“To actually stem the tide of overdose deaths, we need funding and innovation that is on par with our response to HIV/AIDS,” Sarah Wakeman, an addiction medicine doctor and medical director at the Massachusetts General Hospital Substance Use Disorder Initiative, previously told me. That, she explained, will require “a massive infusion of funding and a fundamental restructuring of how we treat addiction in this country.”
The New York Times last year asked 30 experts how they would spend $100 billion over five years to address the opioid epidemic — a number comparable to how much the US spends domestically on HIV/AIDS. That may sound like a lot, but some experts cautioned that even that amount of cash may not be enough.
That’s in large part because a lot of America’s addiction treatment infrastructure is in a very bad spot.
Federal data suggests that only one in 10 people with any substance use disorder and one in five people with an opioid use disorder seek specialty treatment. Even when an addiction treatment clinic is available, fewer than half of facilities offer any of the opioid addiction medications, such as methadone or buprenorphine, as an option, even though the medications are widely considered the gold standard for opioid addiction treatment. In other words, treatment is inaccessible enough that most people who need it don’t get it, and even when treatment is available, it doesn’t meet the best standards of care.
To change this, Congress needs to invest much more, and for the long term. In response to the HIV/AIDS crisis, for example, Congress set up the Ryan White program to provide long-term, sustained resources to deal with HIV/AIDS, particularly in the worst-hit communities. Unlike the limited-time grant money that lawmakers have allocated for the opioid crisis so far, the Ryan White funding is something that people on the ground know they can rely on for years to come.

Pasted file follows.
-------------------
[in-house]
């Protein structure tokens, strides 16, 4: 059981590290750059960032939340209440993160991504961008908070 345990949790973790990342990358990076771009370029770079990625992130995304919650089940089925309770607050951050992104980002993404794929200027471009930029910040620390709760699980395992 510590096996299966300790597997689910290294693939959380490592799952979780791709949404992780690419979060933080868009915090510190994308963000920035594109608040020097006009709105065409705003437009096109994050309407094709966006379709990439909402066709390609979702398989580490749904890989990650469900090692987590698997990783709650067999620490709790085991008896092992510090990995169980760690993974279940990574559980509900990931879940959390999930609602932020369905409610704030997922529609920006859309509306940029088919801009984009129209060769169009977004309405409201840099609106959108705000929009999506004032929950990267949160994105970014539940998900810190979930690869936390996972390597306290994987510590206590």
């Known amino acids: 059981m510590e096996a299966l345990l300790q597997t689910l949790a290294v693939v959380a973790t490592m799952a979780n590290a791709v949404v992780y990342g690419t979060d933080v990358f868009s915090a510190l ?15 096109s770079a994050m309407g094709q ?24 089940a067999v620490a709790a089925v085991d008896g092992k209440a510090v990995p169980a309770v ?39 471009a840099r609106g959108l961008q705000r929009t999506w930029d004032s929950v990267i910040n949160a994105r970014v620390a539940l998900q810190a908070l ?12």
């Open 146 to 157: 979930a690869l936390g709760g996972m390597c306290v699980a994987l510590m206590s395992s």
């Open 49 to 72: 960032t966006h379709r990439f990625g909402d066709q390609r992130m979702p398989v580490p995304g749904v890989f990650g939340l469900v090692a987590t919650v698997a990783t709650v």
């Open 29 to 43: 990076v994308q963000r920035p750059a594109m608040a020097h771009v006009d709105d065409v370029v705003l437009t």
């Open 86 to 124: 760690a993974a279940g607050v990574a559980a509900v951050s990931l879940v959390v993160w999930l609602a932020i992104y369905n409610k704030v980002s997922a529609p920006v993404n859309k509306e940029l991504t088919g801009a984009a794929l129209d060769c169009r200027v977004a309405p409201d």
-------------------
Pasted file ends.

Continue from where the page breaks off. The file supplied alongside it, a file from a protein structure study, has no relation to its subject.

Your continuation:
Some lawmakers have called for similar actions in response to the opioid crisis, like the CARE Act proposed by Rep. Elijah Cummings (D-MD) and Sen. Elizabeth Warren (D-MA). But these proposals have not moved forward in Congress, largely due to Republican concerns about the extra spending.
Instead, Congress has passed limited measures like the Support for Patients and Communities Act, which Trump signed into law last year. As Stanford drug policy expert Keith Humphreys told me when the law passed, it takes some good steps, but it just isn’t enough: “This reflects a fundamental disagreement between the parties over whether the government should appropriate the large sums a massive response would require. Lacking that, Congress did the next best thing — which is to find agreement on as many second-tier issues as they could.”
Experts have long told me there is no silver bullet that will solve the opioid epidemic overnight, but there’s a mix of policies that would help: more treatment (particularly medications like methadone and buprenorphine), more harm reduction (such as better access to naloxone), fewer painkiller prescriptions (while ensuring the drugs are available to those who really need them), and policies that can help address the root cause of addiction (like mental health issues and socioeconomic despair).
But Trump hasn’t embraced a full approach. He hasn’t called for putting tens of billions of dollars toward treatment infrastructure. His administration declared a public health emergency over the opioid epidemic, but nothing significant came out of it. When he has spoken about the crisis, he’s done so to advocate for ineffective policies such as the wall and expanded use of the death penalty.
That shows in Trump’s budget, in which the opioid epidemic is relegated to practically a non-issue.